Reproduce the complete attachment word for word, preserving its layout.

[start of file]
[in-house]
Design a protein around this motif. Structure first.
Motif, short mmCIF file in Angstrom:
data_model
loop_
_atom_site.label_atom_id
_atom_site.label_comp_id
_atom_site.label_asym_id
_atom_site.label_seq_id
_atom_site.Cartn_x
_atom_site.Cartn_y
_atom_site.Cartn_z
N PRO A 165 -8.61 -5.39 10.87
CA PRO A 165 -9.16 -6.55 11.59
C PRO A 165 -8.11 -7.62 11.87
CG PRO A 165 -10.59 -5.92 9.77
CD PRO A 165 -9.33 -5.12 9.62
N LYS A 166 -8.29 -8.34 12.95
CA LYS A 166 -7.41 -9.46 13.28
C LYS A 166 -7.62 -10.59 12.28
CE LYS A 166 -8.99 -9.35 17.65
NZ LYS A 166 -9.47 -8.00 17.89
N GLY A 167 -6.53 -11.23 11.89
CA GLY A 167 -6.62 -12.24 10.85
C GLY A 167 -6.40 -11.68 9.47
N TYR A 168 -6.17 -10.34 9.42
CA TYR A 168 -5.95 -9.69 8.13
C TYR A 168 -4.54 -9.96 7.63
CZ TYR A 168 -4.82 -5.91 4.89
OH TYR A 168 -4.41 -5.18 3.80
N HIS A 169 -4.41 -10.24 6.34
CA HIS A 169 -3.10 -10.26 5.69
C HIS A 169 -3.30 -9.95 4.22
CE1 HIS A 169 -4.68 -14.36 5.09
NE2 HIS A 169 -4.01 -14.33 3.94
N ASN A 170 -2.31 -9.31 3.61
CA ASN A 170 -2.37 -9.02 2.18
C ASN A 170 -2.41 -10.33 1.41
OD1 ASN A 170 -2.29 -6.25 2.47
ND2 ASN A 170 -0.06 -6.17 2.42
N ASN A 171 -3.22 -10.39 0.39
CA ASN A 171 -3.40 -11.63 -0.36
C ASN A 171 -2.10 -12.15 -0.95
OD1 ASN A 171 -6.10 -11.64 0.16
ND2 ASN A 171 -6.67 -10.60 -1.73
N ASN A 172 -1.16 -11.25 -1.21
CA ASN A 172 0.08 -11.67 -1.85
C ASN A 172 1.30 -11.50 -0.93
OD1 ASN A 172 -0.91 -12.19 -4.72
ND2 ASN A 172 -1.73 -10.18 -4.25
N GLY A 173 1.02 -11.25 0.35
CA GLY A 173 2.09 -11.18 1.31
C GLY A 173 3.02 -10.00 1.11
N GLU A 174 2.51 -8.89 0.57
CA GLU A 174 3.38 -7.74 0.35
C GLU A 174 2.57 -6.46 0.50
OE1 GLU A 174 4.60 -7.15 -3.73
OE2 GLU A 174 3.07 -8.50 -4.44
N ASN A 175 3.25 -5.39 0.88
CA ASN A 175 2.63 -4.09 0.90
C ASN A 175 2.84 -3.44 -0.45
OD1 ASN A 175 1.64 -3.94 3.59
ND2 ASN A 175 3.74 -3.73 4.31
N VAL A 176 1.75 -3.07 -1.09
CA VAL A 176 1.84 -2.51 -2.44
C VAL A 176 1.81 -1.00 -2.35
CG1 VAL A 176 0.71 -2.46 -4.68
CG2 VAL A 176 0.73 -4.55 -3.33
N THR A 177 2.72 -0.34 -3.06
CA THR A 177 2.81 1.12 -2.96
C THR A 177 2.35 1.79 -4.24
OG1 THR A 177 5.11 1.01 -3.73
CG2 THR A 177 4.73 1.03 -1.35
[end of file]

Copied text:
[in-house]
Design a protein around this motif. Structure first.
Motif, short mmCIF file in Angstrom:
data_model
loop_
_atom_site.label_atom_id
_atom_site.label_comp_id
_atom_site.label_asym_id
_atom_site.label_seq_id
_atom_site.Cartn_x
_atom_site.Cartn_y
_atom_site.Cartn_z
N PRO A 165 -8.61 -5.39 10.87
CA PRO A 165 -9.16 -6.55 11.59
C PRO A 165 -8.11 -7.62 11.87
CG PRO A 165 -10.59 -5.92 9.77
CD PRO A 165 -9.33 -5.12 9.62
N LYS A 166 -8.29 -8.34 12.95
CA LYS A 166 -7.41 -9.46 13.28
C LYS A 166 -7.62 -10.59 12.28
CE LYS A 166 -8.99 -9.35 17.65
NZ LYS A 166 -9.47 -8.00 17.89
N GLY A 167 -6.53 -11.23 11.89
CA GLY A 167 -6.62 -12.24 10.85
C GLY A 167 -6.40 -11.68 9.47
N TYR A 168 -6.17 -10.34 9.42
CA TYR A 168 -5.95 -9.69 8.13
C TYR A 168 -4.54 -9.96 7.63
CZ TYR A 168 -4.82 -5.91 4.89
OH TYR A 168 -4.41 -5.18 3.80
N HIS A 169 -4.41 -10.24 6.34
CA HIS A 169 -3.10 -10.26 5.69
C HIS A 169 -3.30 -9.95 4.22
CE1 HIS A 169 -4.68 -14.36 5.09
NE2 HIS A 169 -4.01 -14.33 3.94
N ASN A 170 -2.31 -9.31 3.61
CA ASN A 170 -2.37 -9.02 2.18
C ASN A 170 -2.41 -10.33 1.41
OD1 ASN A 170 -2.29 -6.25 2.47
ND2 ASN A 170 -0.06 -6.17 2.42
N ASN A 171 -3.22 -10.39 0.39
CA ASN A 171 -3.40 -11.63 -0.36
C ASN A 171 -2.10 -12.15 -0.95
OD1 ASN A 171 -6.10 -11.64 0.16
ND2 ASN A 171 -6.67 -10.60 -1.73
N ASN A 172 -1.16 -11.25 -1.21
CA ASN A 172 0.08 -11.67 -1.85
C ASN A 172 1.30 -11.50 -0.93
OD1 ASN A 172 -0.91 -12.19 -4.72
ND2 ASN A 172 -1.73 -10.18 -4.25
N GLY A 173 1.02 -11.25 0.35
CA GLY A 173 2.09 -11.18 1.31
C GLY A 173 3.02 -10.00 1.11
N GLU A 174 2.51 -8.89 0.57
CA GLU A 174 3.38 -7.74 0.35
C GLU A 174 2.57 -6.46 0.50
OE1 GLU A 174 4.60 -7.15 -3.73
OE2 GLU A 174 3.07 -8.50 -4.44
N ASN A 175 3.25 -5.39 0.88
CA ASN A 175 2.63 -4.09 0.90
C ASN A 175 2.84 -3.44 -0.45
OD1 ASN A 175 1.64 -3.94 3.59
ND2 ASN A 175 3.74 -3.73 4.31
N VAL A 176 1.75 -3.07 -1.09
CA VAL A 176 1.84 -2.51 -2.44
C VAL A 176 1.81 -1.00 -2.35
CG1 VAL A 176 0.71 -2.46 -4.68
CG2 VAL A 176 0.73 -4.55 -3.33
N THR A 177 2.72 -0.34 -3.06
CA THR A 177 2.81 1.12 -2.96
C THR A 177 2.35 1.79 -4.24
OG1 THR A 177 5.11 1.01 -3.73
CG2 THR A 177 4.73 1.03 -1.35